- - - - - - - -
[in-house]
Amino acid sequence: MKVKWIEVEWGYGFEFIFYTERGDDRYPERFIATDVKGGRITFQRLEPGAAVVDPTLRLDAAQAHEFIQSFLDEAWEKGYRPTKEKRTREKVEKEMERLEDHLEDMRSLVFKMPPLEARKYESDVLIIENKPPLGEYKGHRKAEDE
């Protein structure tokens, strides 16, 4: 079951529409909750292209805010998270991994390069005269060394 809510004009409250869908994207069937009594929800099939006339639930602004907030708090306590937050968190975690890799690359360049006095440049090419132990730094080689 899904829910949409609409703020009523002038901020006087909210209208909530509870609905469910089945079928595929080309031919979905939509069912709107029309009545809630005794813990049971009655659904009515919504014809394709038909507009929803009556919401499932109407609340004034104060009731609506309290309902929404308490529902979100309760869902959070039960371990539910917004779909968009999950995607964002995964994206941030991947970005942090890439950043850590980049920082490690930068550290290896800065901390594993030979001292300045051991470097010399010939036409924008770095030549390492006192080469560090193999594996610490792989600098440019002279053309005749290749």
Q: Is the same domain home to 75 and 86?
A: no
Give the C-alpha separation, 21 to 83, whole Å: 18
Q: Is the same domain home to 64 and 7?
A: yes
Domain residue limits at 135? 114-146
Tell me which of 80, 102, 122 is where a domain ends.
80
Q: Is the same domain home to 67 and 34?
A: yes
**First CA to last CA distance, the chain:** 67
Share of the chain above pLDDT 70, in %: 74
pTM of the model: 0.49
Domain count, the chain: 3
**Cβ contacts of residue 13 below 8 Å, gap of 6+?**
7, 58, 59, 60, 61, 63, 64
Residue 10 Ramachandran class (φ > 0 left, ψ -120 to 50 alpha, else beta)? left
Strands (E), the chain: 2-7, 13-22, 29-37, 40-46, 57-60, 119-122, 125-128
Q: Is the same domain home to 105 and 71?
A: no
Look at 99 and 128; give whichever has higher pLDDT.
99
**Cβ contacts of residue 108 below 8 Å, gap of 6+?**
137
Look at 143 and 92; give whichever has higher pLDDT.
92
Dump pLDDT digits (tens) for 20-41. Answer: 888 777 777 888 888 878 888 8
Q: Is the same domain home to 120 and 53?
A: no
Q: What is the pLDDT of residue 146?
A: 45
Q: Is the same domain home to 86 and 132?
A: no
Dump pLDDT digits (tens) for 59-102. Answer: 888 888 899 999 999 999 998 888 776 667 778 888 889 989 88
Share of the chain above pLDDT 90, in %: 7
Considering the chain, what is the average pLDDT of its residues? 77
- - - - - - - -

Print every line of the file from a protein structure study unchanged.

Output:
[in-house]
Amino acid sequence: MKVKWIEVEWGYGFEFIFYTERGDDRYPERFIATDVKGGRITFQRLEPGAAVVDPTLRLDAAQAHEFIQSFLDEAWEKGYRPTKEKRTREKVEKEMERLEDHLEDMRSLVFKMPPLEARKYESDVLIIENKPPLGEYKGHRKAEDE
């Protein structure tokens, strides 16, 4: 079951529409909750292209805010998270991994390069005269060394 809510004009409250869908994207069937009594929800099939006339639930602004907030708090306590937050968190975690890799690359360049006095440049090419132990730094080689 899904829910949409609409703020009523002038901020006087909210209208909530509870609905469910089945079928595929080309031919979905939509069912709107029309009545809630005794813990049971009655659904009515919504014809394709038909507009929803009556919401499932109407609340004034104060009731609506309290309902929404308490529902979100309760869902959070039960371990539910917004779909968009999950995607964002995964994206941030991947970005942090890439950043850590980049920082490690930068550290290896800065901390594993030979001292300045051991470097010399010939036409924008770095030549390492006192080469560090193999594996610490792989600098440019002279053309005749290749």
Q: Is the same domain home to 75 and 86?
A: no
Give the C-alpha separation, 21 to 83, whole Å: 18
Q: Is the same domain home to 64 and 7?
A: yes
Domain residue limits at 135? 114-146
Tell me which of 80, 102, 122 is where a domain ends.
80
Q: Is the same domain home to 67 and 34?
A: yes
**First CA to last CA distance, the chain:** 67
Share of the chain above pLDDT 70, in %: 74
pTM of the model: 0.49
Domain count, the chain: 3
**Cβ contacts of residue 13 below 8 Å, gap of 6+?**
7, 58, 59, 60, 61, 63, 64
Residue 10 Ramachandran class (φ > 0 left, ψ -120 to 50 alpha, else beta)? left
Strands (E), the chain: 2-7, 13-22, 29-37, 40-46, 57-60, 119-122, 125-128
Q: Is the same domain home to 105 and 71?
A: no
Look at 99 and 128; give whichever has higher pLDDT.
99
**Cβ contacts of residue 108 below 8 Å, gap of 6+?**
137
Look at 143 and 92; give whichever has higher pLDDT.
92
Dump pLDDT digits (tens) for 20-41. Answer: 888 777 777 888 888 878 888 8
Q: Is the same domain home to 120 and 53?
A: no
Q: What is the pLDDT of residue 146?
A: 45
Q: Is the same domain home to 86 and 132?
A: no
Dump pLDDT digits (tens) for 59-102. Answer: 888 888 899 999 999 999 998 888 776 667 778 888 889 989 88
Share of the chain above pLDDT 90, in %: 7
Considering the chain, what is the average pLDDT of its residues? 77